Not being able to speak the same language does not mean you are not able to communicate so for those reasons listed above non-verbal is a great way to communicate. A word does not have to be spoken and can still be understood. Another positive for being able to communicate in different ways and why it is important in a role of a career. 3.2- Barriers to communication are Sensory impairment (for example, deafness, blindness or both) Culture (for example, speaking different languages or poor English) Religion (for example, men not permitted to support females with personal care) Health issues (for example, mental ill health like Dementia) Background noise (for example, radio, television, other people, machines) Emotions (for example, difficulty in being able to listen to others) Stress (for example, failing to recognise what is happening) Strong accents (for example, from a different part of England that you find difficult to understand)

Specialist communication techniques (for example, sign language is used) Prejudice (for example, allowing your beliefs to pre judge a situation)

3.3- There are times when we need to adapt our communication style to meet the needs of individuals and use aids to help them enhance their communication. The important thing is to identify where there is a barrier, then you can work out how best to overcome it. Discuss with your supervisor / manager the individuals you will regularly work with and whether there are any known communication barriers. This will enable you to consider your skills in this area and whether you need to undertake some training and development activities to improve your skills in this area.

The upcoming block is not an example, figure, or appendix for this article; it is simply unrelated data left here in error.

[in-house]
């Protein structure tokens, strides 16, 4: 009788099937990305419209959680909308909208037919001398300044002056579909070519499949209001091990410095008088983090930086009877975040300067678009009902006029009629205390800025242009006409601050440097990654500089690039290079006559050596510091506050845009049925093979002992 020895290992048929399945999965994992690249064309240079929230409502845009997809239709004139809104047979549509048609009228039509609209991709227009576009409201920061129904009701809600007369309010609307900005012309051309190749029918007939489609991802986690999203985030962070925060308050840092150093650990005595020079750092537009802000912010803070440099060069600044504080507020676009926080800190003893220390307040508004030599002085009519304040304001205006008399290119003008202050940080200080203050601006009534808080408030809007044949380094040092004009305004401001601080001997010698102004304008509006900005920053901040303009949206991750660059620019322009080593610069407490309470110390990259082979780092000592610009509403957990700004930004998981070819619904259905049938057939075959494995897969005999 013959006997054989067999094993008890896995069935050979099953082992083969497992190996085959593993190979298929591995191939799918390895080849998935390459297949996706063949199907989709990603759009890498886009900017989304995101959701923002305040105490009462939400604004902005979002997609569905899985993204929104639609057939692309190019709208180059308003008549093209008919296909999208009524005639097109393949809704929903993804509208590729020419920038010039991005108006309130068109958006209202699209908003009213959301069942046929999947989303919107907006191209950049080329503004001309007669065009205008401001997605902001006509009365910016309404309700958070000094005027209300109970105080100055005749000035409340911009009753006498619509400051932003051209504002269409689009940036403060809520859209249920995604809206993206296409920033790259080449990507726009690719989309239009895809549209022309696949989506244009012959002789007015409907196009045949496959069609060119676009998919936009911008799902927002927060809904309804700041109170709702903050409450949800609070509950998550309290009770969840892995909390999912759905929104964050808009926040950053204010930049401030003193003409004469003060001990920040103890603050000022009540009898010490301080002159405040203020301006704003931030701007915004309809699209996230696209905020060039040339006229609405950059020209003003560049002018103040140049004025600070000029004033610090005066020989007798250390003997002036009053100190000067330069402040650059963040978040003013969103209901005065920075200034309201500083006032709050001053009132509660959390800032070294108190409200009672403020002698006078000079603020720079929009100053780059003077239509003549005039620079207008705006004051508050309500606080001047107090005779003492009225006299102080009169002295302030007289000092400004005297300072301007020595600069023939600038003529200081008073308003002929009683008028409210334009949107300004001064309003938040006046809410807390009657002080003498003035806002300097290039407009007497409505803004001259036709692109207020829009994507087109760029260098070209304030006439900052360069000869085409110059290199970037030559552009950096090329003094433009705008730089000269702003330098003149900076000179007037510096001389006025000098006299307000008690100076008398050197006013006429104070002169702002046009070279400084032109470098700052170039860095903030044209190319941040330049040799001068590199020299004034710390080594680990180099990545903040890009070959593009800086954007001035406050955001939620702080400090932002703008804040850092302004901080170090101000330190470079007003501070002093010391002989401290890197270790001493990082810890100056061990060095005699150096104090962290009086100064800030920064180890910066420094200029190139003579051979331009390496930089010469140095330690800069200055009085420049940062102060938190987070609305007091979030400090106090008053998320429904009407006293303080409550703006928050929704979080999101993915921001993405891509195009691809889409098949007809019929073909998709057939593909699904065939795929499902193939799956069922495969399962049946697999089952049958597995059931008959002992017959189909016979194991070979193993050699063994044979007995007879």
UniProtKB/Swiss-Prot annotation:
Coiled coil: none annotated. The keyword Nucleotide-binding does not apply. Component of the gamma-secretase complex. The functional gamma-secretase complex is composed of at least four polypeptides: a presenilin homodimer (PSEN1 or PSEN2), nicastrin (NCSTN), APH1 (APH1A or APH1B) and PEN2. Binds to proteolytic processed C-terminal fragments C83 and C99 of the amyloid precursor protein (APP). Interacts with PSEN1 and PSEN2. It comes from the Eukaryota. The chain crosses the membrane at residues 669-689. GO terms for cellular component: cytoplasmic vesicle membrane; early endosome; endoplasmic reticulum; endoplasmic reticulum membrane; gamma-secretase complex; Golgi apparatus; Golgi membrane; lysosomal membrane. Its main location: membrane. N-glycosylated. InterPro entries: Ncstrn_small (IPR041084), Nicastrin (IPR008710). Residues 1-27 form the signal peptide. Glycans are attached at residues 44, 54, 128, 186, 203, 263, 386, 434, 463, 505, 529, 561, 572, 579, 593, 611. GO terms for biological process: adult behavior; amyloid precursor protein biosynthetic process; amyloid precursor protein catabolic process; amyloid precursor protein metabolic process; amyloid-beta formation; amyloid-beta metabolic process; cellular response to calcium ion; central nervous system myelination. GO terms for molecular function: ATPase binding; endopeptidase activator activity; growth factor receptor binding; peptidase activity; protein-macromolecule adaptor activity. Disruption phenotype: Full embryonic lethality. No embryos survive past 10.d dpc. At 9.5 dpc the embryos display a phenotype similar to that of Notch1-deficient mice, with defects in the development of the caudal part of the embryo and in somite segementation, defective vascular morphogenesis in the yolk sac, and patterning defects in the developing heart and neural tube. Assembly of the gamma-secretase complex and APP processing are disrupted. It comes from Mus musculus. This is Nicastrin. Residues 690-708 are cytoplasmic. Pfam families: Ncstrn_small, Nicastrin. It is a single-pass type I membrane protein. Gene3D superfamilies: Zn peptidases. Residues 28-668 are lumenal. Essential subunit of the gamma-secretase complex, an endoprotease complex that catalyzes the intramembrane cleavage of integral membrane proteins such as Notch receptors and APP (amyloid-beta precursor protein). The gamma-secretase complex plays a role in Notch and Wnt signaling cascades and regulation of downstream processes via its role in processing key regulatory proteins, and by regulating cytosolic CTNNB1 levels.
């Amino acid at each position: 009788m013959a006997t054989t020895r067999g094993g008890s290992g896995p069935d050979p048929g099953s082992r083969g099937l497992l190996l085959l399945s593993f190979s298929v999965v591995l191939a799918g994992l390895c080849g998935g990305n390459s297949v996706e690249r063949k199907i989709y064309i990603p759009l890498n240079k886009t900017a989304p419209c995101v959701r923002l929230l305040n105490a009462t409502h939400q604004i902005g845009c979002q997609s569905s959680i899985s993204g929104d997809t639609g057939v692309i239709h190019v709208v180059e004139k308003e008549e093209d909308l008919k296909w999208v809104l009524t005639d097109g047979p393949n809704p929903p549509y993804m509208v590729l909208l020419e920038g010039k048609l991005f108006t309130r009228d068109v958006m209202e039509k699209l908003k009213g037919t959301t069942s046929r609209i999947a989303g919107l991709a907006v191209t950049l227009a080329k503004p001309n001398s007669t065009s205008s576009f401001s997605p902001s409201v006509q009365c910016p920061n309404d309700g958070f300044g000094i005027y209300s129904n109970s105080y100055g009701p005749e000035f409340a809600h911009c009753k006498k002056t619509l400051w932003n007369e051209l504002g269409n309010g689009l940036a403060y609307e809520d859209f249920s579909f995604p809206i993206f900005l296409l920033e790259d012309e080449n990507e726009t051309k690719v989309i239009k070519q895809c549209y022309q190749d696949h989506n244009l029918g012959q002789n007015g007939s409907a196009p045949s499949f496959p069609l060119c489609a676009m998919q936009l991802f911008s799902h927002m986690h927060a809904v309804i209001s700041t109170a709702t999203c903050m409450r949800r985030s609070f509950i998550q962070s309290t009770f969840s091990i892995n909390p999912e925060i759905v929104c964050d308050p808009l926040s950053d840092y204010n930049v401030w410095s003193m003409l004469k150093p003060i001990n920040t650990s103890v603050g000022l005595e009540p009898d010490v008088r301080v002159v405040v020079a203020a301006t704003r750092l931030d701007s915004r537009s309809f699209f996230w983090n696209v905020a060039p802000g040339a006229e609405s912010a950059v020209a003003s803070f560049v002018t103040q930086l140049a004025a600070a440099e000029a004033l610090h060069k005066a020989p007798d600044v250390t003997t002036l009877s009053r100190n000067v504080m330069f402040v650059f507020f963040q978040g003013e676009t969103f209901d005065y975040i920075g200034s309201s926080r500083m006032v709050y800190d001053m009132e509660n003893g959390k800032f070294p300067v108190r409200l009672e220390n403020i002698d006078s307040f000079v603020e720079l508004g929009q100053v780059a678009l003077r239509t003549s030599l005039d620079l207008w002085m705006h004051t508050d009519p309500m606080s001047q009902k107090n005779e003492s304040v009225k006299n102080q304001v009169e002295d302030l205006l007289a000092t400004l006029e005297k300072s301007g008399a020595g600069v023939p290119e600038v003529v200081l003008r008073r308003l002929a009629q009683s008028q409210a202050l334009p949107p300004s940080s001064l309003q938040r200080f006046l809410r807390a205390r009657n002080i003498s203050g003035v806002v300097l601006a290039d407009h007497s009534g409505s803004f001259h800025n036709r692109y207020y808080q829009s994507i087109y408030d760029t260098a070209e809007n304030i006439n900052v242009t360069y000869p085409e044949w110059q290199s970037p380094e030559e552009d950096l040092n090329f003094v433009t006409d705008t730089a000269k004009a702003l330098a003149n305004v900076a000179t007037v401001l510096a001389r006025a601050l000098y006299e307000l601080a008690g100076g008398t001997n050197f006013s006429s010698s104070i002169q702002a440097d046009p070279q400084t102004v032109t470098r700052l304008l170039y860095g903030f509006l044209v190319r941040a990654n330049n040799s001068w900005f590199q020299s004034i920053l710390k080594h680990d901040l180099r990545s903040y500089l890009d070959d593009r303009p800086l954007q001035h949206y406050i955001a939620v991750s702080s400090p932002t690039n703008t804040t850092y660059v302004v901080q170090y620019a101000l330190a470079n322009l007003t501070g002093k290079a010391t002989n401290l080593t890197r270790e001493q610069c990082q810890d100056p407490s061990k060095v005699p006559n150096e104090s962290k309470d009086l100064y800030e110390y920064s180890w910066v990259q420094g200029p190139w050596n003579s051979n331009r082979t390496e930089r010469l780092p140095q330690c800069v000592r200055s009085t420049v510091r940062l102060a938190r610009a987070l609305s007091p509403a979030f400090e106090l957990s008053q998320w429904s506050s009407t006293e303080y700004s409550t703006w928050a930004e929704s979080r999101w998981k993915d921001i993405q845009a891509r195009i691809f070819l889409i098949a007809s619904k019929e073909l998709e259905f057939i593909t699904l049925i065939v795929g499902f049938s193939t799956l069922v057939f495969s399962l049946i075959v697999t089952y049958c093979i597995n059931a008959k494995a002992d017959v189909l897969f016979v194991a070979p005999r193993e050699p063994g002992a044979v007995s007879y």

3.4- It is easy to assume that everything is ok and that people are happy if they do not challenge or question what is happening but this may well be because they have not heard or understood what is happening or they simply do not want to make a fuss. Sometimes a simple “thumbs up” will help to check everything is ok. Also asking them is there is a any issues and that they understand what has been asked or said to them. This should iron out any misunderstandings. 3.5- There will be lots of different types of support and services that can help you and the individuals you support to improve your communication skills. Some of these services are: Translators

Interpreters, sign language and lip speakers
Speech and language specialists
Advocacy services
There are lots of voluntary organisation organisations who can provide these services. Simply just asking my supervisor / manager, colleagues, trainers, friends and family what communication support services they are aware of.

It is my responsibility to adhere to my employer’s policy on confidentiality, i should ask to see the policy and familiarise yourself with it. This policy should cover many aspects of your work, including disclosure of information to internal and external sources. It is important that information is only shared with people “who need to know”. If i am uncertain whether a person has a right to access information and is requesting information from you, i will always check with my supervisor / manager.

4.2- These are some ways you can avoid breaching confidentiality: Do not leave personal information on individuals you support, like medical records, care / support plans or risk assessments, family contact details etc. unattended in an office working environment. Records should be locked safely away or kept in a safe, easy to access place in an individual’s room or home.